For the first time since at least the 1990s, it is more expensive to buy a home versus renting.
For over a year now, the Federal Reserve has been raising interest rates in an effort to combat post-COVID inflation. As of today, the Federal Funds rate sits somewhere around 5.5 percent, and mortgage rates are over 8 percent and climbing. This jump in interest rates has, for the first time since at least the mid-1990s, pushed the cost of buying a home well above the cost of renting. According to data from the Wall Street Journal, it is now 52% more expensive to buy a home versus renting.
A sudden decrease in housing prices is unlikely, barring another harsh recession. Most mortgages in the United States are from just before the interest rate spike, meaning that many homeowners are locked into cheaper rates that they will never find in the current market. Higher interest rates, though, don’t seem to benefit anyone: first-time buyers are priced out of the market, current homeowners are likely unable to realize the gains in their home value due to an inability to sell and find equally affordable housing, homeowners looking to move may be priced out of markets with new opportunities – this brings down not only local but national productivity as talent is unable to easily move to new markets, and an increase in the number of rentals nationally means that landlords cannot raise rents as high as they normally would.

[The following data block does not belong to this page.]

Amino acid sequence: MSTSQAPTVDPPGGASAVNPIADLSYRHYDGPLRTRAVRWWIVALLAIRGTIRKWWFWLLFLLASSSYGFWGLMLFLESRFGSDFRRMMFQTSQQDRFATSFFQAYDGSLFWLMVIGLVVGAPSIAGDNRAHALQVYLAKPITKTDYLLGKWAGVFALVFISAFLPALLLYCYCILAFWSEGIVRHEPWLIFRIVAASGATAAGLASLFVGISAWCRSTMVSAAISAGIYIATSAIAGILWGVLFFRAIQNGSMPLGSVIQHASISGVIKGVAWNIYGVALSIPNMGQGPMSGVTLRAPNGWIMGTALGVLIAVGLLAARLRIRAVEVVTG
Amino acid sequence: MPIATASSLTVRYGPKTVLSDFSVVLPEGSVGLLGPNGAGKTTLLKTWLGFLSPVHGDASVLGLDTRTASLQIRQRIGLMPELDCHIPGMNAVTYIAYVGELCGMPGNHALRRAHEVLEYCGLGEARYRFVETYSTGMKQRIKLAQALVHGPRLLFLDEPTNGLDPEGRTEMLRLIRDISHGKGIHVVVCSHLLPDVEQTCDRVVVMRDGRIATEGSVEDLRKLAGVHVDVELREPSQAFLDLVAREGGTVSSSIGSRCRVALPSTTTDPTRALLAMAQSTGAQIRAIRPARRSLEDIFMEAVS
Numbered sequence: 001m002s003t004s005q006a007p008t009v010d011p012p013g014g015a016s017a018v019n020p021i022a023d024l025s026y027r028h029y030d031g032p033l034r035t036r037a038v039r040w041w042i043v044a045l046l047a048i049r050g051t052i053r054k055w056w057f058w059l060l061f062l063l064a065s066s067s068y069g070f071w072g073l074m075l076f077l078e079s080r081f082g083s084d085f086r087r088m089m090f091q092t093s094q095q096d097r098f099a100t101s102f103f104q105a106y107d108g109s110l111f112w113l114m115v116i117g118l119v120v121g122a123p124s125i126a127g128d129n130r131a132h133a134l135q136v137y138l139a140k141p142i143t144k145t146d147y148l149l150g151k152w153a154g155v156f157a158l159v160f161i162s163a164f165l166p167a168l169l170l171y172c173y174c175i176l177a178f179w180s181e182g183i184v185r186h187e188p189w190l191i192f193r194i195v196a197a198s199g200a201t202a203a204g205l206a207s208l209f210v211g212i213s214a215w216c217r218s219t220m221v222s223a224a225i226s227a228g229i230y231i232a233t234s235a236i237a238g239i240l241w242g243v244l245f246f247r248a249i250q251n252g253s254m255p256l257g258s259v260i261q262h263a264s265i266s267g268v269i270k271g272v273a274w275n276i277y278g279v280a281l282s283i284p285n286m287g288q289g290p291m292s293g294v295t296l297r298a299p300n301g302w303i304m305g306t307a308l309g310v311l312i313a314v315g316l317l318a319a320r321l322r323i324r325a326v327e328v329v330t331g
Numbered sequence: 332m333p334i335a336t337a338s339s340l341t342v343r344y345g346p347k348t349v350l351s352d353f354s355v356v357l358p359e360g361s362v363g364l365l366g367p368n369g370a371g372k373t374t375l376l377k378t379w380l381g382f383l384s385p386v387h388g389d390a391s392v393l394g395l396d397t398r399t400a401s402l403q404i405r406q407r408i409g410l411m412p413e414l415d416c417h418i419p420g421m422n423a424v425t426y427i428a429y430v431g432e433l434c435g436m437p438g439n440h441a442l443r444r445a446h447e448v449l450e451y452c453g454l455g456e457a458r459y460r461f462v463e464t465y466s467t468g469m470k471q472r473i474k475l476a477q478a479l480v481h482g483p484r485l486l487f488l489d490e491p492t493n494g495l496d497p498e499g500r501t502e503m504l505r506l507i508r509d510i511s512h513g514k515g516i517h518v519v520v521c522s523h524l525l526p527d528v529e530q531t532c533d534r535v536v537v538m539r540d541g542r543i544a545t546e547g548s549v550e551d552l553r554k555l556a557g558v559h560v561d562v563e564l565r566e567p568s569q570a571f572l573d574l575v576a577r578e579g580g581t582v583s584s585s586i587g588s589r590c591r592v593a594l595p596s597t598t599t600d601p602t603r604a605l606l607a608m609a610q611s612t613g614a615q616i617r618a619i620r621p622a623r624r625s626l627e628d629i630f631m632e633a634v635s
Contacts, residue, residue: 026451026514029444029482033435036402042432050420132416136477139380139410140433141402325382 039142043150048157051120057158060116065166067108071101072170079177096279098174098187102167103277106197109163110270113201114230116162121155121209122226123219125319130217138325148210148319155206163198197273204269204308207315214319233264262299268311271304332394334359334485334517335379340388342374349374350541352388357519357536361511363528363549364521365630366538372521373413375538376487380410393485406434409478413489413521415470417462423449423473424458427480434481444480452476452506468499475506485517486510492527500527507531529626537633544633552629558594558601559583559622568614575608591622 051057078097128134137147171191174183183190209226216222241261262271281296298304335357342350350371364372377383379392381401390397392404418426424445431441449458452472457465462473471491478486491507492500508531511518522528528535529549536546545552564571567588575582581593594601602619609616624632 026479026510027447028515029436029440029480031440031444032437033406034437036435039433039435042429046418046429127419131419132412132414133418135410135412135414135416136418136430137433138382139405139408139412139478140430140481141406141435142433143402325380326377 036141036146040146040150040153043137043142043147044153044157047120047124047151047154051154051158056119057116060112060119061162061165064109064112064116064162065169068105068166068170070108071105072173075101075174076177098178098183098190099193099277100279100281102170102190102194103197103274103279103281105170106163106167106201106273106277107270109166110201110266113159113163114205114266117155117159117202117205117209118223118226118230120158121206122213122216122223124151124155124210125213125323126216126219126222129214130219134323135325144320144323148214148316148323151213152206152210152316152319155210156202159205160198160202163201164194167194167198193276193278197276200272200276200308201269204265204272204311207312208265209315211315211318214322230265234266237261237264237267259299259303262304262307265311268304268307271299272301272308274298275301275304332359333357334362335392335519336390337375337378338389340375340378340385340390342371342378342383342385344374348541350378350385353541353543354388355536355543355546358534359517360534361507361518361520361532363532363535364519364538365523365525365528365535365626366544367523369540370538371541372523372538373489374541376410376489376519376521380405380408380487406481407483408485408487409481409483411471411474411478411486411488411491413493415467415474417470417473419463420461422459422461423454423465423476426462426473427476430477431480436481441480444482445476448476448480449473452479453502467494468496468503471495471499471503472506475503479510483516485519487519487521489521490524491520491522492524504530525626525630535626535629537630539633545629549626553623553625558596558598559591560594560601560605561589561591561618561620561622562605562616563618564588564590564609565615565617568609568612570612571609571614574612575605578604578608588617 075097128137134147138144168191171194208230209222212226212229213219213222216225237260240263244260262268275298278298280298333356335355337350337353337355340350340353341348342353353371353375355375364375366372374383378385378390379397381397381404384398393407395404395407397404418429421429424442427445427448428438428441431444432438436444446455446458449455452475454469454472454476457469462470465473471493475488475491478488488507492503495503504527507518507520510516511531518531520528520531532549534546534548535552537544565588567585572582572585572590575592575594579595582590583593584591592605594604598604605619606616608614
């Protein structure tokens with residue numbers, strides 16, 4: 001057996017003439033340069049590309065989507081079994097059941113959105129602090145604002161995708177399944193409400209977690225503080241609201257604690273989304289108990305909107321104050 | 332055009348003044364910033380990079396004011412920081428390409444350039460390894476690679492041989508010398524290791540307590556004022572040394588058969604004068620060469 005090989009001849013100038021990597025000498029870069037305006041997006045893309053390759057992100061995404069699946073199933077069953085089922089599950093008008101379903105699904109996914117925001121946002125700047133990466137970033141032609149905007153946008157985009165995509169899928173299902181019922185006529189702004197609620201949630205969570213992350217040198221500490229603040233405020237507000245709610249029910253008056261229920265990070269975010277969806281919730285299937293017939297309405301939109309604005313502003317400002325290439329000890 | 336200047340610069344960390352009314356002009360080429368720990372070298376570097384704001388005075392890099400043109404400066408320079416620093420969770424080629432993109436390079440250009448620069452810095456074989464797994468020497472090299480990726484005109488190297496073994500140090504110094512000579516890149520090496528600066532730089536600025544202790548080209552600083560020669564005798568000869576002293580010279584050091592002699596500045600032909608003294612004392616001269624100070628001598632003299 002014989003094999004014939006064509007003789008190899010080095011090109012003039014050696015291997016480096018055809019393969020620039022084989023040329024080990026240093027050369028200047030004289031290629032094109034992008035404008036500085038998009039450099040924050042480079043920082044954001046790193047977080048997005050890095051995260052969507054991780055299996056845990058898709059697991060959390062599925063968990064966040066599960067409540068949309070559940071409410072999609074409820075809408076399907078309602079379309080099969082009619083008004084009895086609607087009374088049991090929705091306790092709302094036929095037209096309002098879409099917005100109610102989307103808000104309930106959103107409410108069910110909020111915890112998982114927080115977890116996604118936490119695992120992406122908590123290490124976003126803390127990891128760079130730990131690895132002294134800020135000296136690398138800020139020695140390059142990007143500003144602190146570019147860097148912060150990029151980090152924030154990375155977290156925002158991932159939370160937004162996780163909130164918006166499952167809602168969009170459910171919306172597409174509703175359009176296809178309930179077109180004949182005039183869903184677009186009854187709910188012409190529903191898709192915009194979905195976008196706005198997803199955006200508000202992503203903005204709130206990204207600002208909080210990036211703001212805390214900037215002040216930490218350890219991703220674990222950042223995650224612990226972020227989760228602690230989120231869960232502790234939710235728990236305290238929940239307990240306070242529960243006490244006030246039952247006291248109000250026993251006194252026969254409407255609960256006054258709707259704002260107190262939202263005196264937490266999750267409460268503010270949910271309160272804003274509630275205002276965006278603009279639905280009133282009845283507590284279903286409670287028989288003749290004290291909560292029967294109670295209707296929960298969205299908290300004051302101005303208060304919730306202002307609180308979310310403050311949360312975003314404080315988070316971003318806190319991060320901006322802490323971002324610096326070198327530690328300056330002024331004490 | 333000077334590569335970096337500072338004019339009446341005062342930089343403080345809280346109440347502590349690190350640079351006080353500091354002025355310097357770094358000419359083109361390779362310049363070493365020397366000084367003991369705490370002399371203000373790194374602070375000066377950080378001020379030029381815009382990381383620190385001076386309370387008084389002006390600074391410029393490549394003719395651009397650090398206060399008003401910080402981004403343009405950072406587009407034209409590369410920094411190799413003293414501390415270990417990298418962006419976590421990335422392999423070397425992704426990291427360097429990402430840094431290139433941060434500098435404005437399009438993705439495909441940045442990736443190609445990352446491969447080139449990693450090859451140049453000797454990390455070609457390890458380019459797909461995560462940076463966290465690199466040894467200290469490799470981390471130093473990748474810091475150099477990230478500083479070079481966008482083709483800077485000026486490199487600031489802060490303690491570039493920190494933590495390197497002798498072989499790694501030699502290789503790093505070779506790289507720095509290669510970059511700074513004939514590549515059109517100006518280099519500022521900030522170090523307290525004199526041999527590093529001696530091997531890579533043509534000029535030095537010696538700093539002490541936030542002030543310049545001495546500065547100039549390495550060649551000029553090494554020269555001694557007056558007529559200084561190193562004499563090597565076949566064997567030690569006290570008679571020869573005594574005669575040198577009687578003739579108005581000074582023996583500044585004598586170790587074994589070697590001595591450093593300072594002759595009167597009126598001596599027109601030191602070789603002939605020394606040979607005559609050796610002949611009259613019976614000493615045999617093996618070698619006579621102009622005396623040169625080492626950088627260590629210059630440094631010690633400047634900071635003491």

Housing is a challenge like no other, and it is one being felt especially by county governments. Interest rates are not the only challenge, though; labor and material costs, pressure from short-term rentals, constraining state and local budgets, climate change, and policies crafted in response to competing priorities all overlap to make the crisis more challenging to address. The housing crisis did not spring up overnight, and it will take years of action over several areas of expertise to solve it.